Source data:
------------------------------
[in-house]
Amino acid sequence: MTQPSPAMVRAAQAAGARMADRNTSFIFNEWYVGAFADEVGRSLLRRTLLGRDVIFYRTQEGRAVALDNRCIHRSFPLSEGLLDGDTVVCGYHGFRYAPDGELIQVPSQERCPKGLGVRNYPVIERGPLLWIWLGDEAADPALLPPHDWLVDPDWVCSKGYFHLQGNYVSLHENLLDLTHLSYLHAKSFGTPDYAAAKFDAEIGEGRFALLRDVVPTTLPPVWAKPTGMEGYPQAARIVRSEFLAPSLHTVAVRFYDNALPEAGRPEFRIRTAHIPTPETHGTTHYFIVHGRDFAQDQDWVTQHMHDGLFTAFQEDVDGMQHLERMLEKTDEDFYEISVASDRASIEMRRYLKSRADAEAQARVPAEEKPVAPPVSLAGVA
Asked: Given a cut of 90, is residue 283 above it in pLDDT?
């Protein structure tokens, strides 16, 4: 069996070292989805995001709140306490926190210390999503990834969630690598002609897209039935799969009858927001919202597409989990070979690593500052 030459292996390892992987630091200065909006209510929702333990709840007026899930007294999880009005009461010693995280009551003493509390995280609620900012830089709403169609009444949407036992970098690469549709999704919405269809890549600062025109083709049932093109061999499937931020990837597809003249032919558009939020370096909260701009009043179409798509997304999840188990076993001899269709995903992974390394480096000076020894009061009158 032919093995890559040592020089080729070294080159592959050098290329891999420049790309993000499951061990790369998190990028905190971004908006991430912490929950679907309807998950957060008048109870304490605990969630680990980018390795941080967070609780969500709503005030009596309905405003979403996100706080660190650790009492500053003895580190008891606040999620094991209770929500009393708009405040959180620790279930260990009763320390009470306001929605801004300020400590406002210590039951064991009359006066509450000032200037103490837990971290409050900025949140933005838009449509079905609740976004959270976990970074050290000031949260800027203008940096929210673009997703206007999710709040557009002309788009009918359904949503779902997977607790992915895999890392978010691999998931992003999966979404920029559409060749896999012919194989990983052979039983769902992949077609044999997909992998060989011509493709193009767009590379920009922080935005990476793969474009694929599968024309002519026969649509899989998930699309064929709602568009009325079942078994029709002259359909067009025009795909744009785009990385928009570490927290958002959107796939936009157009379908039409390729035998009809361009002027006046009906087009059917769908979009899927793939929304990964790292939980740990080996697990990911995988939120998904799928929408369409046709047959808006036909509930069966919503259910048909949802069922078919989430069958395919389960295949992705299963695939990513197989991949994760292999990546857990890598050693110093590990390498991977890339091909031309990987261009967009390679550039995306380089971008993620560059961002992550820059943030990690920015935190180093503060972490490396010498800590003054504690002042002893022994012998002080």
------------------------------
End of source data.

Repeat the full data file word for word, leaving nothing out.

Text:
[in-house]
Amino acid sequence: MTQPSPAMVRAAQAAGARMADRNTSFIFNEWYVGAFADEVGRSLLRRTLLGRDVIFYRTQEGRAVALDNRCIHRSFPLSEGLLDGDTVVCGYHGFRYAPDGELIQVPSQERCPKGLGVRNYPVIERGPLLWIWLGDEAADPALLPPHDWLVDPDWVCSKGYFHLQGNYVSLHENLLDLTHLSYLHAKSFGTPDYAAAKFDAEIGEGRFALLRDVVPTTLPPVWAKPTGMEGYPQAARIVRSEFLAPSLHTVAVRFYDNALPEAGRPEFRIRTAHIPTPETHGTTHYFIVHGRDFAQDQDWVTQHMHDGLFTAFQEDVDGMQHLERMLEKTDEDFYEISVASDRASIEMRRYLKSRADAEAQARVPAEEKPVAPPVSLAGVA
Asked: Given a cut of 90, is residue 283 above it in pLDDT?
């Protein structure tokens, strides 16, 4: 069996070292989805995001709140306490926190210390999503990834969630690598002609897209039935799969009858927001919202597409989990070979690593500052 030459292996390892992987630091200065909006209510929702333990709840007026899930007294999880009005009461010693995280009551003493509390995280609620900012830089709403169609009444949407036992970098690469549709999704919405269809890549600062025109083709049932093109061999499937931020990837597809003249032919558009939020370096909260701009009043179409798509997304999840188990076993001899269709995903992974390394480096000076020894009061009158 032919093995890559040592020089080729070294080159592959050098290329891999420049790309993000499951061990790369998190990028905190971004908006991430912490929950679907309807998950957060008048109870304490605990969630680990980018390795941080967070609780969500709503005030009596309905405003979403996100706080660190650790009492500053003895580190008891606040999620094991209770929500009393708009405040959180620790279930260990009763320390009470306001929605801004300020400590406002210590039951064991009359006066509450000032200037103490837990971290409050900025949140933005838009449509079905609740976004959270976990970074050290000031949260800027203008940096929210673009997703206007999710709040557009002309788009009918359904949503779902997977607790992915895999890392978010691999998931992003999966979404920029559409060749896999012919194989990983052979039983769902992949077609044999997909992998060989011509493709193009767009590379920009922080935005990476793969474009694929599968024309002519026969649509899989998930699309064929709602568009009325079942078994029709002259359909067009025009795909744009785009990385928009570490927290958002959107796939936009157009379908039409390729035998009809361009002027006046009906087009059917769908979009899927793939929304990964790292939980740990080996697990990911995988939120998904799928929408369409046709047959808006036909509930069966919503259910048909949802069922078919989430069958395919389960295949992705299963695939990513197989991949994760292999990546857990890598050693110093590990390498991977890339091909031309990987261009967009390679550039995306380089971008993620560059961002992550820059943030990690920015935190180093503060972490490396010498800590003054504690002042002893022994012998002080």